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Hierarchical statistical analysis of fMRI data across runs/sessions/subjects/studies using BRAINSTAT/FMRISTAT. Jonathan Taylor, Stanford Keith Worsley, McGill. What is BRAINSTAT / FMRISTAT ?. FMRISTAT is a Matlab fMRI stats analysis package BRAINSTAT is a Python version Main components:

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slide1

Hierarchical statistical analysis of fMRI data across runs/sessions/subjects/studiesusing BRAINSTAT/FMRISTAT

Jonathan Taylor, Stanford

Keith Worsley, McGill

what is brainstat fmristat
What is BRAINSTAT / FMRISTAT ?
  • FMRISTAT is a Matlab fMRI stats analysis package
  • BRAINSTAT is a Python version
  • Main components:
    • FMRILM: Linear model, AR(p) errors, bias correction, smoothing of autocorrelation to boost degrees of freedom*
    • MULTISTAT: Mixed effects linear model, ReML estimation, EM algorithm, smoothing of random/fixed effects sd to boost degrees of freedom*
      • Key idea: IN: effect, sd, df, fwhm, OUT: effect, sd, df, fwhm
    • STAT_SUMMARY: best of Bonferroni, non-isotropic random field theory, DLM (Discrete Local Maxima)*

*new theoretical results

  • Treats magnitudes and delays in the same way
slide3

FMRILM: smoothing of temporal autocorrelation

  • Variability in acor lowers df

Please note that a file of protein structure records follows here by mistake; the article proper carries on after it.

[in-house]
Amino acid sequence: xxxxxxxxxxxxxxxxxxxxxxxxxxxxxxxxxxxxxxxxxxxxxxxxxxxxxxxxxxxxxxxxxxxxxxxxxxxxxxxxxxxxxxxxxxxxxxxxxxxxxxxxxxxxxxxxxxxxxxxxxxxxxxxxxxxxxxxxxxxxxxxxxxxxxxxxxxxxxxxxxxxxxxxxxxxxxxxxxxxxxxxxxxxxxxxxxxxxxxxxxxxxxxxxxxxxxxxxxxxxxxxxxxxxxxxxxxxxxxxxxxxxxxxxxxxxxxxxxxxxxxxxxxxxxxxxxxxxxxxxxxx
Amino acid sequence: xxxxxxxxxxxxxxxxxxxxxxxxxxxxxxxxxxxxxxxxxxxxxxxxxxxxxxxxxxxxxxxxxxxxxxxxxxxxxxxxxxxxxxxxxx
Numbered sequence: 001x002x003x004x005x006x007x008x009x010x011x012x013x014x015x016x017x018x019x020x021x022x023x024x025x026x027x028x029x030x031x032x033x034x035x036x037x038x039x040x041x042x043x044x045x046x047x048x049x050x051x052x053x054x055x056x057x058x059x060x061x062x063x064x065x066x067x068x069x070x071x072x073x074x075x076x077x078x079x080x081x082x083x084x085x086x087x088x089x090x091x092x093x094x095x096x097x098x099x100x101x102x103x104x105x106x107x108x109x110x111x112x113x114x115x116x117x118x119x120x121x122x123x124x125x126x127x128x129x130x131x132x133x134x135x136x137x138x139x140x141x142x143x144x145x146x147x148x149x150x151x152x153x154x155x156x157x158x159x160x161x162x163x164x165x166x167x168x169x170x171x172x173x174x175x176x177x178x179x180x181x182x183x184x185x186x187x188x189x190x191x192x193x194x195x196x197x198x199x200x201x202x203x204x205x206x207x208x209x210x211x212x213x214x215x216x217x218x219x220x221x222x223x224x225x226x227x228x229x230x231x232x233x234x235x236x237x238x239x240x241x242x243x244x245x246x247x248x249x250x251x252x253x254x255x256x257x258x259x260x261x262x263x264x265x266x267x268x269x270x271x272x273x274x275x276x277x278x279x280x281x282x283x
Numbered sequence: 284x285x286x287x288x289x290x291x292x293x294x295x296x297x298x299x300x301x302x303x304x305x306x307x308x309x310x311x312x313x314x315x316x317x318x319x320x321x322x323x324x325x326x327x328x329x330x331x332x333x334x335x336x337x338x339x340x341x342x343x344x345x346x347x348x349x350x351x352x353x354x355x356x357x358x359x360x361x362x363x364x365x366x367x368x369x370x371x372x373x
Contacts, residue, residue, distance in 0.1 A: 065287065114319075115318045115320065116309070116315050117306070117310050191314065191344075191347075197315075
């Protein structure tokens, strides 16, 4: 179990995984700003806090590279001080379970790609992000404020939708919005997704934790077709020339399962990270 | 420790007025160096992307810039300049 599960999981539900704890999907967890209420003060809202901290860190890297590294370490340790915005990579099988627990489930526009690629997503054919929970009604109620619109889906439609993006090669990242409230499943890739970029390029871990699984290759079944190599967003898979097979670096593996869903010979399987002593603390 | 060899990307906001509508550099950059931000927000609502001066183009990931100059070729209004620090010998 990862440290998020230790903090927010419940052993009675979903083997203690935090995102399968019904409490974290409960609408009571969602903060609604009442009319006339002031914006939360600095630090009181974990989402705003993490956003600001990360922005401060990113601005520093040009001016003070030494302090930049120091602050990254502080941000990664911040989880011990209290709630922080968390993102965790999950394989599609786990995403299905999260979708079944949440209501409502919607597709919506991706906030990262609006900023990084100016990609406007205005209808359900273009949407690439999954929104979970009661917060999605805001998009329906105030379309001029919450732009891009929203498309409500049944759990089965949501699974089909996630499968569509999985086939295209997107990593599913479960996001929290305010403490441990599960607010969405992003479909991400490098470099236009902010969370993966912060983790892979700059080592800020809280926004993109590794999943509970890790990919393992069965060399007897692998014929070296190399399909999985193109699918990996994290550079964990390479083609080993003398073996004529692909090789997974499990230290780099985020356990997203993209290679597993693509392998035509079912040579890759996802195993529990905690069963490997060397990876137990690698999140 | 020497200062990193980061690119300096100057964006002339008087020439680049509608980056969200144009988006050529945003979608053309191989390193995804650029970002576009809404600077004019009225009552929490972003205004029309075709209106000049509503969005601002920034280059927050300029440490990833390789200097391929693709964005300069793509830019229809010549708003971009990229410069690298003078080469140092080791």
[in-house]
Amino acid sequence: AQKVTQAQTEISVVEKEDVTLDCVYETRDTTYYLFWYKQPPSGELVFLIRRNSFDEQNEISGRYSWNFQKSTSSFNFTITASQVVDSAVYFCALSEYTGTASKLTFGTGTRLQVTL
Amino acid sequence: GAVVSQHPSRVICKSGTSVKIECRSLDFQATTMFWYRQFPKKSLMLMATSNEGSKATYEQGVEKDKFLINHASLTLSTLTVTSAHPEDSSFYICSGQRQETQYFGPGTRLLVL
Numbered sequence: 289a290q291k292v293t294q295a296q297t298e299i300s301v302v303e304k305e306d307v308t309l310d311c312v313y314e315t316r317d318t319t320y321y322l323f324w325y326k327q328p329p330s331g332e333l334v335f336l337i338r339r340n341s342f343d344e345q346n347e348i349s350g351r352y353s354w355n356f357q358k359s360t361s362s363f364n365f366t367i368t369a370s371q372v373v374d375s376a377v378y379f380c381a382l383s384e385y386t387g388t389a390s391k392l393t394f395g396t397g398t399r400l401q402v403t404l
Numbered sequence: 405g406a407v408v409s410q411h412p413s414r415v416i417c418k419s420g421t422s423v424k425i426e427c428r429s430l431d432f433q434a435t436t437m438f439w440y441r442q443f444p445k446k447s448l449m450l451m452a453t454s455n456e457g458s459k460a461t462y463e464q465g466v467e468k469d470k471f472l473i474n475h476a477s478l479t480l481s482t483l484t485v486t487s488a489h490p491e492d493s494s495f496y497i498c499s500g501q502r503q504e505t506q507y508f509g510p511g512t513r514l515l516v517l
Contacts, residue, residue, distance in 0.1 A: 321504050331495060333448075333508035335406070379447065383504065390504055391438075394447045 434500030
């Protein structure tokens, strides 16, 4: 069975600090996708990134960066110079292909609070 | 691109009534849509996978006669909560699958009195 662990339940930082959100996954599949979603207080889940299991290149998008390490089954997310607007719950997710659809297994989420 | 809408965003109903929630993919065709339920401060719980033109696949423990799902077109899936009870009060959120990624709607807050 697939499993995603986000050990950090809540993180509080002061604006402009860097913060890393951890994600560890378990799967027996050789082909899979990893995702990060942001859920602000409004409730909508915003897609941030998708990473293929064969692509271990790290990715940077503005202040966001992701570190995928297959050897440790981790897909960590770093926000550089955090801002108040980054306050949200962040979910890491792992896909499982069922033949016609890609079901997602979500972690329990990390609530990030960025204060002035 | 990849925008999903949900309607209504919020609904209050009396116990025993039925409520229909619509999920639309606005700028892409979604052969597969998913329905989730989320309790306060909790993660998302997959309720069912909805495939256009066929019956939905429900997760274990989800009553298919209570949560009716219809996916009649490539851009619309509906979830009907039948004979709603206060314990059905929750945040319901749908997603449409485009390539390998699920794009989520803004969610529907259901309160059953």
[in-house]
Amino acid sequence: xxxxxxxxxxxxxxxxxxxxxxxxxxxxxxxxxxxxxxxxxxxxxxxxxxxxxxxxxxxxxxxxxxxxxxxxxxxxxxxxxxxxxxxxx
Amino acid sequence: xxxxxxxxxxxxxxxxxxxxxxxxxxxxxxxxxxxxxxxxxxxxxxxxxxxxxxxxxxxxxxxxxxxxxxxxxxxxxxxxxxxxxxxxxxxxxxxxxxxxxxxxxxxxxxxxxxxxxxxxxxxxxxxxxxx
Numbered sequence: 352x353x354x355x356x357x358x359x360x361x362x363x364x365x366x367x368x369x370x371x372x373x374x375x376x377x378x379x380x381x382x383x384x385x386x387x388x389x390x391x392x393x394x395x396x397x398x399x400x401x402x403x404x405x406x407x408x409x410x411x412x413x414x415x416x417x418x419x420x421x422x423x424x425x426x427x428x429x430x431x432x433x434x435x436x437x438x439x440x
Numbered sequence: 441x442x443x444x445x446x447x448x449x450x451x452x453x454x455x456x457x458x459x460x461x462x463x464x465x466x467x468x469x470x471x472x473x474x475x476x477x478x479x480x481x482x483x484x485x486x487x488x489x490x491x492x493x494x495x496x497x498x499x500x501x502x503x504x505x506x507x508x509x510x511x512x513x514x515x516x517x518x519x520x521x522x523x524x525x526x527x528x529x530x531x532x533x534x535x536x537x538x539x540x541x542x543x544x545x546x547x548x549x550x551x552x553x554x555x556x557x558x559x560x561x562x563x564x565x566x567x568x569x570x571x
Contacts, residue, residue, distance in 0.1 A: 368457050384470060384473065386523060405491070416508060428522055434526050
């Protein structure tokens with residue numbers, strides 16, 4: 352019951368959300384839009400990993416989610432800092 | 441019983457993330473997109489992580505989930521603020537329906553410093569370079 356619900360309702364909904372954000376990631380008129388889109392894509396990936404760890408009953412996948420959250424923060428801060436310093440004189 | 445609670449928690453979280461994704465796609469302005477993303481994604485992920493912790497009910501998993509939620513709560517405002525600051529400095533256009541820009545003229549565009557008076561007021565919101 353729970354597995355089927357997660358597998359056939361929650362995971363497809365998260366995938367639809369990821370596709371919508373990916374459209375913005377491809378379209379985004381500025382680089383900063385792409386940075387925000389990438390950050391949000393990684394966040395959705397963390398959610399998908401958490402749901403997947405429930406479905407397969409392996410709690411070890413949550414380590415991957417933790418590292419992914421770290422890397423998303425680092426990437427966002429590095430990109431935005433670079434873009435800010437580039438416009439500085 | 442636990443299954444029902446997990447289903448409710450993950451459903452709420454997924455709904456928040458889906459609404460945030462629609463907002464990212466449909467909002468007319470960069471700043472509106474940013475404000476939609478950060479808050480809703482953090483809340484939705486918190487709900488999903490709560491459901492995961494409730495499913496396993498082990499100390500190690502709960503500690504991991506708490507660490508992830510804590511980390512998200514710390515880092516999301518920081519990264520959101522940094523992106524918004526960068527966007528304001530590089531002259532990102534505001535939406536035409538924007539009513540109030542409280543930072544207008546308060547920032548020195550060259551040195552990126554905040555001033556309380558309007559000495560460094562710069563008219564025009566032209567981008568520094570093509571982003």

• Df depends
  • on contrast
  • Smoothing acor brings df back up:

dfacor = dfresidual(2 + 1)

1 1 2 acor(contrast of data)2

dfeffdfresidualdfacor

FWHMacor2 3/2

FWHMdata2

= +

Hot-warm stimulus

Hot stimulus

FWHMdata = 8.79

Residual df = 110

Residual df = 110

100

100

Target = 100 df

Target = 100 df

Contrast of data, acor = 0.79

50

Contrast of data, acor = 0.61

50

dfeff

dfeff

0

0

0

10

20

30

0

10

20

30

FWHM = 10.3mm

FWHM = 12.4mm

FWHMacor

FWHMacor

multistat smoothing of random fixed fx sd

400

300

200

100

0

0

20

40

Infinity

MULTISTAT: smoothing of random/fixed FX sd

FWHMratio2 3/2

FWHMdata2

e.g. dfrandom = 3,

dffixed = 4  110

= 440,

FWHMdata = 8mm:

dfratio = dfrandom(2 + 1)

1 1 1

dfeffdfratiodffixed

= +

fixed effects

analysis,

dfeff = 440

dfeff

FWHM

= 19mm

Target = 100 df

random effects

analysis,

dfeff = 3

FWHMratio

slide5

STAT_SUMMARY

High FWHM: use Random Field Theory

Low FWHM:

use Bonferroni

In between: use Discrete Local Maxima (DLM)

0.12

Gaussian

T, 20 df

T, 10 df

0.1

Random Field Theory

Bonferroni

0.08

DLM

can ½

P-value

when

FWHM

~3 voxels

0.06

P-value

0.04

Discrete Local Maxima

True

0.02

Bonferroni, N=Resels

0

0

1

2

3

4

5

6

7

8

9

10

FWHM of smoothing kernel (voxels)

slide6

STAT_SUMMARY

High FWHM: use Random Field Theory

Low FWHM:

use Bonferroni

In between: use Discrete Local Maxima (DLM)

Bonferroni

4.7

4.6

4.5

True

T, 10 df

4.4

Random Field Theory

4.3

T, 20 df

Discrete Local Maxima (DLM)

4.2

Gaussianized threshold

4.1

Gaussian

4

3.9

Bonferroni, N=Resels

3.8

3.7

0

1

2

3

4

5

6

7

8

9

10

FWHM of smoothing kernel (voxels)

slide8

STAT_SUMMARY example: single run, hot-warm

Detected by BON and